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MicroRNA Drives Breast Cancer Metastasis By Promoting Cancer Cell Survival

Tumor , which accounts for the majority of deaths in breast cancer patients, is a process by which cancer cells acquire the ability to invade and survive in other parts of the body. Dysregulation of the TGF-β is known to drive breast cancer metastasis, but the precise molecular mechanisms are unknown.

In this issue of the , researchers led by at Case Western Reserve University identified a microRNA, miR-181a, that is altered by TGF-β to promote metastasis.

Shiemann and colleagues found that miR-181a repressed the expression of a protein, BIM1, which causes cells to die when they detach from surrounding tissue, a key step in metastasis. Additionally, they determined that increased expression of miR-181a was correlated with decreased overall survival in breast cancer patients.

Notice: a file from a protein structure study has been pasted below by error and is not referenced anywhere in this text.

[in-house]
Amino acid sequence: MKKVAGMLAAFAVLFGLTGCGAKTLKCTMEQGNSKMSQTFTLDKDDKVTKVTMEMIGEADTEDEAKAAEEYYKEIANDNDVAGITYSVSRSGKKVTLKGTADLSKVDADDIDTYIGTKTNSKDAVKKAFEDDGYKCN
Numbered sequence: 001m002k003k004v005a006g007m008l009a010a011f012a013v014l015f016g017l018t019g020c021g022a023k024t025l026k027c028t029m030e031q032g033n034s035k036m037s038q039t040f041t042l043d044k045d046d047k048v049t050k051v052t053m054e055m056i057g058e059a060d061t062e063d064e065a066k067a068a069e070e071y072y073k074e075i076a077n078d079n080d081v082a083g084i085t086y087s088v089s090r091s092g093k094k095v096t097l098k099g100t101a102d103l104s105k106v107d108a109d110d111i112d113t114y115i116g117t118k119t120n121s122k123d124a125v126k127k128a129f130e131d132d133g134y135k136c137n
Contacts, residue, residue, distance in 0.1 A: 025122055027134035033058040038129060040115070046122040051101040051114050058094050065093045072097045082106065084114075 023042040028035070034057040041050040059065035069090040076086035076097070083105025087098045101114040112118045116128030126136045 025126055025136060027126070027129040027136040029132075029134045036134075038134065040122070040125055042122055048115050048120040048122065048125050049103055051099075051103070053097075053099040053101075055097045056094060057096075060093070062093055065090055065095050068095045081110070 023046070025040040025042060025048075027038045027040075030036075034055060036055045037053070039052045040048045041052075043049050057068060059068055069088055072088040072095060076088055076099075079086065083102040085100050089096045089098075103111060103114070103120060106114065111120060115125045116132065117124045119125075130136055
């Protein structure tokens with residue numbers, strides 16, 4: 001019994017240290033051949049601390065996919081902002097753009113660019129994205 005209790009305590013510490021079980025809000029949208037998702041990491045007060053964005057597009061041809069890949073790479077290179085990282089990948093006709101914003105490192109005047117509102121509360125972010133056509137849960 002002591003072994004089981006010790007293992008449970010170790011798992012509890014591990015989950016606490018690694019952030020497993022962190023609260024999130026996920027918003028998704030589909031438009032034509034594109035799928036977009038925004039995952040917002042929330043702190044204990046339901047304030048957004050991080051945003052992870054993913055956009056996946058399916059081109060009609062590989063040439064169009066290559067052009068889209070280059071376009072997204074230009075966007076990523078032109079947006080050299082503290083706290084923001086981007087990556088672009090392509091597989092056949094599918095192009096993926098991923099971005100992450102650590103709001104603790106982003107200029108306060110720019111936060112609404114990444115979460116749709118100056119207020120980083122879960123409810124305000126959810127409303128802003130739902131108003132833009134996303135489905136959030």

These findings suggest that miR-181a could potentially serve as a predictive marker for breast cancer metastasis.

William Schiemann
Case Western Reserve University, Cleveland, OH, USA


TGF-β upregulates miR-181a expression to promote breast cancer metastasis

Journal of Clinical Investigation , 2012